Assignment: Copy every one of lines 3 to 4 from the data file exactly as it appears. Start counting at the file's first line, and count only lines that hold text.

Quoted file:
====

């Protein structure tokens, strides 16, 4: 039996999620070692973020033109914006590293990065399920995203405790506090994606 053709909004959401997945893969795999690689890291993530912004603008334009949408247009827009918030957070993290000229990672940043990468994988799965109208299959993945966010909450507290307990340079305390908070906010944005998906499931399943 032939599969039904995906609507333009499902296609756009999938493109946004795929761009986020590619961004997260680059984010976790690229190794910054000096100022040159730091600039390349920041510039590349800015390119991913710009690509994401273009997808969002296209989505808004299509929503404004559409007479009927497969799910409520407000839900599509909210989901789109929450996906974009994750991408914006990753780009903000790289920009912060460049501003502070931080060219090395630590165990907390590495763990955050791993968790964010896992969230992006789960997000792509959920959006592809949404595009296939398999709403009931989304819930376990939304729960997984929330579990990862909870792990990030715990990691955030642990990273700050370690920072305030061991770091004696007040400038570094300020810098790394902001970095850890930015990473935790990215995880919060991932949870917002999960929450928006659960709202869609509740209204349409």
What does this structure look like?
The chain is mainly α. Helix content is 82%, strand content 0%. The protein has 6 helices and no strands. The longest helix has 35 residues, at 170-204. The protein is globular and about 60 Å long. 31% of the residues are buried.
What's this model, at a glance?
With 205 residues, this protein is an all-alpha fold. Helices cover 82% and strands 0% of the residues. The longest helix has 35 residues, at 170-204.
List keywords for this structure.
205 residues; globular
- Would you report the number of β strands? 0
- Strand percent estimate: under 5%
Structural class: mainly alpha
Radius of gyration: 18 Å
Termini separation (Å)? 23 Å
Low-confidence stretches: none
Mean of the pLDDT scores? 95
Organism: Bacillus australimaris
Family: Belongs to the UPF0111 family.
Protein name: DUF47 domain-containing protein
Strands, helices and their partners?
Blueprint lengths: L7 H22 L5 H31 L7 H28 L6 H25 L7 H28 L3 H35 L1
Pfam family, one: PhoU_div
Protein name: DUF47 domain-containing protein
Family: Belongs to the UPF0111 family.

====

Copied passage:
The chain is mainly α. Helix content is 82%, strand content 0%. The protein has 6 helices and no strands. The longest helix has 35 residues, at 170-204. The protein is globular and about 60 Å long. 31% of the residues are buried.
What's this model, at a glance?